My youngest son at about 4 years old actually survived exposure to the germs in the post-flood Goulburn River, on whose banks we lived.
My youngest son at about 4 years old actually survived exposure to the germs in the post-flood Goulburn River, on whose banks we lived.

A brief example. When I was growing up (there, I got it in!), kids in rural areas were carted along to all the dances and other functions at The Hall  (Ladies, a plate please, gentlemen a tie), often only a galvanized-iron shed next to an ant-bed tennis court somewhere east of the black stump. When they could no longer stay awake, the kids collapsed on old cushions and blankets stuffed under the wall-benches. At supper time if the hall was big enough, the kids would have a separate buffet, if not they waited till the adults had got their fill of tea, sandwiches and cake and then were allowed in to clean up the rest.

It was beneficial to both parties. Raspberry vinegar and grubby hands were kept away from best dresses and suits and the adults didn’t have to shout to make themselves heard above the feeding frenzy as ravenous kids devoured the queen pudding, cream sponge and fairy bread. For our part we weren’t bombarded with “wipe your mouth, use a serviette, chew your food before you swallow it, don’t rub mock cream in Jennifer’s hair”. It was far more sensible and civilized. Such supper-hall etiquette had all but disappeared by the late 70s. In its turn, the no-discipline theory was replaced by the doctrine of ‘We should be friends with our children who are, after all, adults in miniature and must have their independence’. The experts were tightening their grip.

When I was a nipper, as I think I’ve said before, kids and grown-ups lived on the same planet, but that’s about all you could say of them. Friends be buggered. Both generations lived under a sort of permanent flag of truce, as long as the rules were observed by both sides. Oh you loved you parents and siblings all right, along with your extended family, but that was in that other, private hemisphere reserved for badly cut legs and big disappointments and broken carts that needed fixing and wanting to know how fast crocodiles could run; reserved for when the dog died, or a relative was in a coffin in the best room of their house and you were afraid that the ghost might come and tap you on the shoulder or, worse still, you just might be called on to be the sin-eater (thank my childhood investigation into the folklore of my Welsh great-grandfather for that one). But on the surface at least it was a fragile peace, easily broken by the injustices of adults or rule infringements by kids. Outside school hours, you were expected to stay out of the house and the adults’ hair. Once you’d done your chores they didn’t want to see you until it was time to sit down to a meal.

I’ve heard it said that even young kids are entitled to the privacy of their own room. Yeah? In the 40s and 50s kids didn’t have private lives, even if you didn’t have to share a room with a sibling. You were left pretty much to your own devices but all the time knowing you were under the scrutiny of Big Brother in the person of any adult within earshot. A grown-up didn’t have to know you to chastise you, that was part of the rules. They could threaten the boot in the backside, even to skin you alive or, worst of all, to “…tell your mother, Sonny Jim and don’t think I don’t know her”. Such threats had to be warranted, the rules allowed for juvenile retribution if they weren’t. All in all the system worked pretty well, armistice reigning most of the time.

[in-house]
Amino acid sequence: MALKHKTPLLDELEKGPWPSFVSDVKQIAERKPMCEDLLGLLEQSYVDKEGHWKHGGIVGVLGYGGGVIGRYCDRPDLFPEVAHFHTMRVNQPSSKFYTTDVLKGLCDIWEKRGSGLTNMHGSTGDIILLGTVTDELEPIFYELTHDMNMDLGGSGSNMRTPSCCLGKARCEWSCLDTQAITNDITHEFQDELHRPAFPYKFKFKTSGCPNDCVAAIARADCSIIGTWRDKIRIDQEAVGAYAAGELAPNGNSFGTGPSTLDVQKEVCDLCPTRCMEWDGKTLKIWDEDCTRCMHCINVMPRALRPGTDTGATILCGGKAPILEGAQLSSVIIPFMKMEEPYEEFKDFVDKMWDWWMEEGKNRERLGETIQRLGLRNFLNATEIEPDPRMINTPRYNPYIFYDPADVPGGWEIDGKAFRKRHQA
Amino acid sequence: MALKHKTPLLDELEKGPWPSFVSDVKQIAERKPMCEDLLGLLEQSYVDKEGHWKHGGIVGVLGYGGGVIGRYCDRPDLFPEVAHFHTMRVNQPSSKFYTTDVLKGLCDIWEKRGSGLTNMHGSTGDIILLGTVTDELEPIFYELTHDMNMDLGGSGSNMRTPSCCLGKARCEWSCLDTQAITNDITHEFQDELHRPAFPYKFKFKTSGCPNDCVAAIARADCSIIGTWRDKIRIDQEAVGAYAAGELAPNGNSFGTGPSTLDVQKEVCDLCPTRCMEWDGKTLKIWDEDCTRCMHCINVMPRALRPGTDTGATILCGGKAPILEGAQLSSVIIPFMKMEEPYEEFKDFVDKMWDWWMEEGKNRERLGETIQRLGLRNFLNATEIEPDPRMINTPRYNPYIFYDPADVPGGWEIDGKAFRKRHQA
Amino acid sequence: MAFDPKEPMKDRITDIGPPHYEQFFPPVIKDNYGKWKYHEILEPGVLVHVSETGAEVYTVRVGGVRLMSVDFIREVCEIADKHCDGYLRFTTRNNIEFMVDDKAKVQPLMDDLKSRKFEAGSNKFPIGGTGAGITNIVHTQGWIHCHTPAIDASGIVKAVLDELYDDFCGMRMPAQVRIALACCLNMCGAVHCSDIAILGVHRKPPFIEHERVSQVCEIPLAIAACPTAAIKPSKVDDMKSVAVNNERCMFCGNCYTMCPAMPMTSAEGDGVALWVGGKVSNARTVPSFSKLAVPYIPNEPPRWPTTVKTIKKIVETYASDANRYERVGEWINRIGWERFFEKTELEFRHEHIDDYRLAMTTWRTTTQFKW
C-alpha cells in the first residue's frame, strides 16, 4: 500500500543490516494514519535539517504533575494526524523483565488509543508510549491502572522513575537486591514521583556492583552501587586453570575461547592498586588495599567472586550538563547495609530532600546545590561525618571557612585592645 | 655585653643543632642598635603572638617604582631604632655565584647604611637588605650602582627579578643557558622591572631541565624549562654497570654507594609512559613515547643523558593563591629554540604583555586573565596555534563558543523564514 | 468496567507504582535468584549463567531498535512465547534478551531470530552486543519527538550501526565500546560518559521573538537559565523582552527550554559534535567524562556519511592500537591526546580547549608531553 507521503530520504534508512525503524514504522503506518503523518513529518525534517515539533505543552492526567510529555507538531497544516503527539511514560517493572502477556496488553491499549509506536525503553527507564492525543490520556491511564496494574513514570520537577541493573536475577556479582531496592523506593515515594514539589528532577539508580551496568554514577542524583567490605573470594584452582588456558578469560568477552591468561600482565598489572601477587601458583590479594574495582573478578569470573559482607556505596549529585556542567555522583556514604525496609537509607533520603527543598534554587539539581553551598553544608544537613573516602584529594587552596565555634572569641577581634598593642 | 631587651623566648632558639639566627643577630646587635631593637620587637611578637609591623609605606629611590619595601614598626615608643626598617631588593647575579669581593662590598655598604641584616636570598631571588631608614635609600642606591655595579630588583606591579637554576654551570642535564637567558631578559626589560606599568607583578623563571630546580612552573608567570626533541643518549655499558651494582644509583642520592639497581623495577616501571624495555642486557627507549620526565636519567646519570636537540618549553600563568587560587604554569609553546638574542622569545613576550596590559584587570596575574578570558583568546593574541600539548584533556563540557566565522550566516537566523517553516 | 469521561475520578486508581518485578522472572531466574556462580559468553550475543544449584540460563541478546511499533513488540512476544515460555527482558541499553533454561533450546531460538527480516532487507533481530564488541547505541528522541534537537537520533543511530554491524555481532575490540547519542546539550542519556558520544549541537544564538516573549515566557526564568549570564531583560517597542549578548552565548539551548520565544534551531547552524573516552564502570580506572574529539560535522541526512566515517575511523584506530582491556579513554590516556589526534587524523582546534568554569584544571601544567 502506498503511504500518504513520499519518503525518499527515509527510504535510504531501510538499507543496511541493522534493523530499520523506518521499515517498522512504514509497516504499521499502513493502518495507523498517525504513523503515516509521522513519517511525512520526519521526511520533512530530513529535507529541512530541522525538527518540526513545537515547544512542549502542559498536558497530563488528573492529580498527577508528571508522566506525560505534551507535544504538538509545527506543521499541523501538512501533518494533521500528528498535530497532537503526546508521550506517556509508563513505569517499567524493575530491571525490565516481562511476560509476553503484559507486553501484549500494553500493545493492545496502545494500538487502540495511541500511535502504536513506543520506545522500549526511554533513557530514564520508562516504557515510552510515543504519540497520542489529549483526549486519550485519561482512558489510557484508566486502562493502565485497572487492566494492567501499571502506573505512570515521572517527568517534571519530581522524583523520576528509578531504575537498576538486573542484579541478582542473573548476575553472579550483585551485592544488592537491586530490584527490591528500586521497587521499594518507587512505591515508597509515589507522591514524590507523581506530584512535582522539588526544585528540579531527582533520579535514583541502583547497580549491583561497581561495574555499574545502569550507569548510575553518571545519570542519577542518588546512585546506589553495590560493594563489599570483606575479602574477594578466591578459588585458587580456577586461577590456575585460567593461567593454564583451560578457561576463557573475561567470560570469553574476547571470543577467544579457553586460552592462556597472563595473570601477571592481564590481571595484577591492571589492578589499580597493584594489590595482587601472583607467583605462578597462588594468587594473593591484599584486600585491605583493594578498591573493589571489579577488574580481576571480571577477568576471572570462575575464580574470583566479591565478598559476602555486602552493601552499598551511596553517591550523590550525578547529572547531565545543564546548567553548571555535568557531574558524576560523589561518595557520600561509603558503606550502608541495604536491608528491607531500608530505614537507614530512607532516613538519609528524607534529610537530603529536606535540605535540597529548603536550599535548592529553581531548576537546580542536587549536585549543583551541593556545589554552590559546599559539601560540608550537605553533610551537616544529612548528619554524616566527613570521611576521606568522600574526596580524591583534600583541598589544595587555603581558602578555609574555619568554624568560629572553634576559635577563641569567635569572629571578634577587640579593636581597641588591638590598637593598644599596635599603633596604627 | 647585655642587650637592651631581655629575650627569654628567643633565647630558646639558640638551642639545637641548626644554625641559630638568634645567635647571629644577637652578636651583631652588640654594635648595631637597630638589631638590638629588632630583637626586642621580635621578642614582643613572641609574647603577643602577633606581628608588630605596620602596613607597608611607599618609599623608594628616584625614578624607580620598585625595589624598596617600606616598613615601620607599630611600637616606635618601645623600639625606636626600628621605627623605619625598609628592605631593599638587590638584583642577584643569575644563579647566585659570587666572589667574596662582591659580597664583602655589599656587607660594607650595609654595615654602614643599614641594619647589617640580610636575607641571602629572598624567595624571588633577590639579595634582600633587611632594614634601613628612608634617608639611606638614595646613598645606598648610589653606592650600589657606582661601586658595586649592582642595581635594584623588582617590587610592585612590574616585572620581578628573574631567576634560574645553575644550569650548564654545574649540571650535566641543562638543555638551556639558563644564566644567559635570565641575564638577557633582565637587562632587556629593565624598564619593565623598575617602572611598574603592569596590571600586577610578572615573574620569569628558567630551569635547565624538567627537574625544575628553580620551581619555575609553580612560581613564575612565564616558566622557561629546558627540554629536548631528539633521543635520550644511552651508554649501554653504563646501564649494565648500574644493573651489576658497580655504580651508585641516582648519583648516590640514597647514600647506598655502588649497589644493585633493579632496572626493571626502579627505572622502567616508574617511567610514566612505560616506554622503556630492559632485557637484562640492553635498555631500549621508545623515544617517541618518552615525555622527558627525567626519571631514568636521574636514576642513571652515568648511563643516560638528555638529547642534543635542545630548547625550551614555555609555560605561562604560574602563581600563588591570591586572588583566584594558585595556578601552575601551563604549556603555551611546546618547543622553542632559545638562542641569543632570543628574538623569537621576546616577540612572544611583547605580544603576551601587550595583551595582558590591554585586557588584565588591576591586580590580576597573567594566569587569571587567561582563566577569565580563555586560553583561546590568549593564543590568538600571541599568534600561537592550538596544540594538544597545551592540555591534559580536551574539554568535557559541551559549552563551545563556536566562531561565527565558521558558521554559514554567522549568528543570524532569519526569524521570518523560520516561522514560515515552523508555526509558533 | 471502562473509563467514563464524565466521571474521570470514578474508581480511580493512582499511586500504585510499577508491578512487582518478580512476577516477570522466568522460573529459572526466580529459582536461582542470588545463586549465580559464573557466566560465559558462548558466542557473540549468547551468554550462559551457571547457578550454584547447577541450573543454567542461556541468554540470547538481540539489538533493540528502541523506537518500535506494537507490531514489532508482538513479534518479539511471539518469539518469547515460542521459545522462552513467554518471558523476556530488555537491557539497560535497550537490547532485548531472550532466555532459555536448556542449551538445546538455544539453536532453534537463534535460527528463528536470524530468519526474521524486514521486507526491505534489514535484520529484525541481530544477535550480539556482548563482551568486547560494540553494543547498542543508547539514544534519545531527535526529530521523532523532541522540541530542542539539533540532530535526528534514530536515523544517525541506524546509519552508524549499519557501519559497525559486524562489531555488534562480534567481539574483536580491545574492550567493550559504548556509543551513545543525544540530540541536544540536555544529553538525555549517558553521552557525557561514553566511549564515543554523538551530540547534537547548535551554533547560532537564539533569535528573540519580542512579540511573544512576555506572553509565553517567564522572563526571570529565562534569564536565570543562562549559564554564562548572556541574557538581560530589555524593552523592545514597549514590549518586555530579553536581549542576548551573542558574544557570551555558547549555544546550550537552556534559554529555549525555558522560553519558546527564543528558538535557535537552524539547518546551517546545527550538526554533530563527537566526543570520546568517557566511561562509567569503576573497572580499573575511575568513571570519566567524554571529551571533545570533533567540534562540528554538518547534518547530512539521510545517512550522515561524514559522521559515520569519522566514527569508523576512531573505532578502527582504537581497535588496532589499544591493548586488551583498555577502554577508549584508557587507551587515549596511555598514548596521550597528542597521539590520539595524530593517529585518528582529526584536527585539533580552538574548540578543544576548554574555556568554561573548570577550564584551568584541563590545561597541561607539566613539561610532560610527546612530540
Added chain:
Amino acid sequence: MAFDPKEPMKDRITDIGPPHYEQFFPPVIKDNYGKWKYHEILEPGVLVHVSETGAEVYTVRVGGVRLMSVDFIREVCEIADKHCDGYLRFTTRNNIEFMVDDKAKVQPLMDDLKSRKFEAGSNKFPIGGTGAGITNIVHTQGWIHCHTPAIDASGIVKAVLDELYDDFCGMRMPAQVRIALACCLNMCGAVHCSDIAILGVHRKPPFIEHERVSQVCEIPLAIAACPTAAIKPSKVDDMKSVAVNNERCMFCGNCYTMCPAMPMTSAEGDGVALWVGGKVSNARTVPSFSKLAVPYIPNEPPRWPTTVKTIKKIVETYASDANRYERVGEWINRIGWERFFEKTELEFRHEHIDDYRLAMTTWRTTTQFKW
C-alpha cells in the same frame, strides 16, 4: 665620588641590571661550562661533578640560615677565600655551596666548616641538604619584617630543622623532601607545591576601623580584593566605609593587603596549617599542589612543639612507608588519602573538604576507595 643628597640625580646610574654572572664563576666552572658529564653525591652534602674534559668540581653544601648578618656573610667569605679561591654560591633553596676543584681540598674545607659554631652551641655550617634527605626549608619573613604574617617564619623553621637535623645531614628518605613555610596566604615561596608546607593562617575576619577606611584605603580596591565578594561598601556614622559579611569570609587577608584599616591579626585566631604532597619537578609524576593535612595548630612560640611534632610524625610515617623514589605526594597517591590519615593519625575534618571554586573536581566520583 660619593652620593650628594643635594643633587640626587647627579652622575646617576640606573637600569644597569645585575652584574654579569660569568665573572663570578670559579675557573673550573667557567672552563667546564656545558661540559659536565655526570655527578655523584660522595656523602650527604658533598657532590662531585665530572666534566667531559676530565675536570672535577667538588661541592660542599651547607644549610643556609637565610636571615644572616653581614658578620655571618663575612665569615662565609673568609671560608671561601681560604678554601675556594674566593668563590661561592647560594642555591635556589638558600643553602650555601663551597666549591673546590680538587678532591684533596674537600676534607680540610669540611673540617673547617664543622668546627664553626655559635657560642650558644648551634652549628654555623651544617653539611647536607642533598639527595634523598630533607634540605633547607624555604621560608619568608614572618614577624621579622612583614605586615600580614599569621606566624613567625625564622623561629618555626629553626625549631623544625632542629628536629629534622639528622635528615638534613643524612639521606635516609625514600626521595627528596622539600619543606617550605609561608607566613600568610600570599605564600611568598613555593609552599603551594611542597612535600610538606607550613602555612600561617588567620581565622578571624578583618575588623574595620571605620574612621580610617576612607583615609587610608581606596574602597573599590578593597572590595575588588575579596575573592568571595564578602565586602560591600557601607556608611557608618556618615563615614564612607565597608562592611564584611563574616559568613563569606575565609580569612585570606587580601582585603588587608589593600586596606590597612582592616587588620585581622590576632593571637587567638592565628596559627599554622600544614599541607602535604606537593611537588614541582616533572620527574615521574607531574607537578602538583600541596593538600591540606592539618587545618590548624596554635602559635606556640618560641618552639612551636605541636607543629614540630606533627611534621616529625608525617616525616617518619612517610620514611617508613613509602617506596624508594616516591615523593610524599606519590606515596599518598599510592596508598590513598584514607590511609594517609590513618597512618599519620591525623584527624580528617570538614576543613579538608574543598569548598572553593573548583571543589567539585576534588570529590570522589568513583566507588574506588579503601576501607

It was a given that kids on public transport gave their seat up to an adult – even little kids. It was also a given that the beneficiary would offer to sit you on their lap, Mum or aunty’s lap being occupied with babies or parcels, for the duration of the journey.

Again, it wasn’t all it’s often cracked up to be. Teachers were allowed to cane you – I still maintain that too many ‘six of the bests’ contributed to finger-joint problems that are today beginning to affect my guitar playing – and for the most part the law turned a blind eye to domestic violence and maltreated kids.

But as a kid you accepted your lot. Okay, so you’d broken some stupid school rule and you were up for the cane. So you copped it sweet. That was the rules. You were a kid and you knew your place and you could always hope to get bitten by a norn* and die and that’d learn ‘em. Even as a teenager in full-time paid work, as long as you lived at home you paid ‘board’ to your mother and continued to do chores, the younger kids taking over the ones befitting their place in the pecking order. By then you might also have begun to realise that a Grampa had nightmares because he spent the last of his teenage years in the mind-scarring muck of the Western Front and that your mate’s Dad was only 21 when he copped it in the Middle East, leaving him fatherless and his mum a widow, so you’d grudgingly admit they had some sort of right to control you.

But by then the pursuit of dreams had taken over from simpler pleasures, families were strewn across the country and generational gaps appeared into which fell or were thrown the accumulated folk-wisdom and child-raising skills of numberless generations. Parents were now firmly in the grip of the Experts who maintained that children are really adults but without an adult’s responsibilities.

We believed them, and both kids and adults were to suffer the consequences.

*Norn is the Nyungar word we used for the black colour variant of the tiger snake. Unwilling to move when disturbed, they will often strike before they retreat.